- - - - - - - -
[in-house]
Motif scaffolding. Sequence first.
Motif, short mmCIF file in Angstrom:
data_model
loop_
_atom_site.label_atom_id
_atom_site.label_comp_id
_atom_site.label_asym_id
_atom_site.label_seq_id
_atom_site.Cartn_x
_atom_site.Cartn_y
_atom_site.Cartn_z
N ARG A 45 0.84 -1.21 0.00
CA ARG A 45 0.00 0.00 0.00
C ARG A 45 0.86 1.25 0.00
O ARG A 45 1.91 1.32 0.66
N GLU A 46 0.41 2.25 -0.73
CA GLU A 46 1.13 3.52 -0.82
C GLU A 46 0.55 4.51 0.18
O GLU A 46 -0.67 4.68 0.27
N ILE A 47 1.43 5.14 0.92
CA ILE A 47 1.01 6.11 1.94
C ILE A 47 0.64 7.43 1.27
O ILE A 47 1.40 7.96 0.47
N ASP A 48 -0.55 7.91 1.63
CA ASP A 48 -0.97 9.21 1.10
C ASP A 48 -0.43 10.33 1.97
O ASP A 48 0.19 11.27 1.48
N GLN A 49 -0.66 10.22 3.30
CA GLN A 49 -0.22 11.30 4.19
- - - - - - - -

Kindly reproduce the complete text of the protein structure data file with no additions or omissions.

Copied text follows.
[in-house]
Motif scaffolding. Sequence first.
Motif, short mmCIF file in Angstrom:
data_model
loop_
_atom_site.label_atom_id
_atom_site.label_comp_id
_atom_site.label_asym_id
_atom_site.label_seq_id
_atom_site.Cartn_x
_atom_site.Cartn_y
_atom_site.Cartn_z
N ARG A 45 0.84 -1.21 0.00
CA ARG A 45 0.00 0.00 0.00
C ARG A 45 0.86 1.25 0.00
O ARG A 45 1.91 1.32 0.66
N GLU A 46 0.41 2.25 -0.73
CA GLU A 46 1.13 3.52 -0.82
C GLU A 46 0.55 4.51 0.18
O GLU A 46 -0.67 4.68 0.27
N ILE A 47 1.43 5.14 0.92
CA ILE A 47 1.01 6.11 1.94
C ILE A 47 0.64 7.43 1.27
O ILE A 47 1.40 7.96 0.47
N ASP A 48 -0.55 7.91 1.63
CA ASP A 48 -0.97 9.21 1.10
C ASP A 48 -0.43 10.33 1.97
O ASP A 48 0.19 11.27 1.48
N GLN A 49 -0.66 10.22 3.30
CA GLN A 49 -0.22 11.30 4.19